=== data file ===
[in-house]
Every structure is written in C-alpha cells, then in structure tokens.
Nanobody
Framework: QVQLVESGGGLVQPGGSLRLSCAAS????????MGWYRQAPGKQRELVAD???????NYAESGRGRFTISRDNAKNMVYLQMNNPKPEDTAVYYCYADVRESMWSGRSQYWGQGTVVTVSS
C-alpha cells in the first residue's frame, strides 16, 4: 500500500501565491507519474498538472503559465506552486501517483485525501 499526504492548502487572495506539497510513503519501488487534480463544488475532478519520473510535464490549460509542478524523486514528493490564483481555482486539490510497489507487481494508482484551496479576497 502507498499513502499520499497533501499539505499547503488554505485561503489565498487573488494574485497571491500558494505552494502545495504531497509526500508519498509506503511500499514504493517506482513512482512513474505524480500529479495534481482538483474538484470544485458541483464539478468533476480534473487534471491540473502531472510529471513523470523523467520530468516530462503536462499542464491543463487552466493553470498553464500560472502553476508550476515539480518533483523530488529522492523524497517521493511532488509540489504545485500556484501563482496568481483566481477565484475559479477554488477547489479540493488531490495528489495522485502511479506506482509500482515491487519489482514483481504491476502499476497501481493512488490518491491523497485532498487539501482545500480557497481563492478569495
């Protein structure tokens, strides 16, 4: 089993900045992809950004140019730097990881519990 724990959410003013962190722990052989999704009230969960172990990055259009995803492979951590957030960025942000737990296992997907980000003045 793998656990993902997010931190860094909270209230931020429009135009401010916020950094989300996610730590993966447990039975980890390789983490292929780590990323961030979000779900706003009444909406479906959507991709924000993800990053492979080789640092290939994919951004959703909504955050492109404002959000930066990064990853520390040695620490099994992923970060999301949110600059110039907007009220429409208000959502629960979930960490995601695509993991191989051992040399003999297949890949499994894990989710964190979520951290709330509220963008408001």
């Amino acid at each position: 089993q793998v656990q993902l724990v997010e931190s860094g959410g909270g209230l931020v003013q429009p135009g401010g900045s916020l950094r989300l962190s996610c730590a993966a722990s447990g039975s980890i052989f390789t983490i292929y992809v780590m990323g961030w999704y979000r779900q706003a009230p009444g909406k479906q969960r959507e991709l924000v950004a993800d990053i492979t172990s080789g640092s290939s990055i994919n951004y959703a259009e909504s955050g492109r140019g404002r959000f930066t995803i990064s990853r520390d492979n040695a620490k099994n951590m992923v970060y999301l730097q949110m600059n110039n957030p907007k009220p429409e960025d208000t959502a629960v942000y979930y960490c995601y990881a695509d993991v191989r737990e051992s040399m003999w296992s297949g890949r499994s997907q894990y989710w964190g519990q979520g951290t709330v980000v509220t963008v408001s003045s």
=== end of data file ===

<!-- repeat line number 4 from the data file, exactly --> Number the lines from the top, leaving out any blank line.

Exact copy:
Framework: QVQLVESGGGLVQPGGSLRLSCAAS????????MGWYRQAPGKQRELVAD???????NYAESGRGRFTISRDNAKNMVYLQMNNPKPEDTAVYYCYADVRESMWSGRSQYWGQGTVVTVSS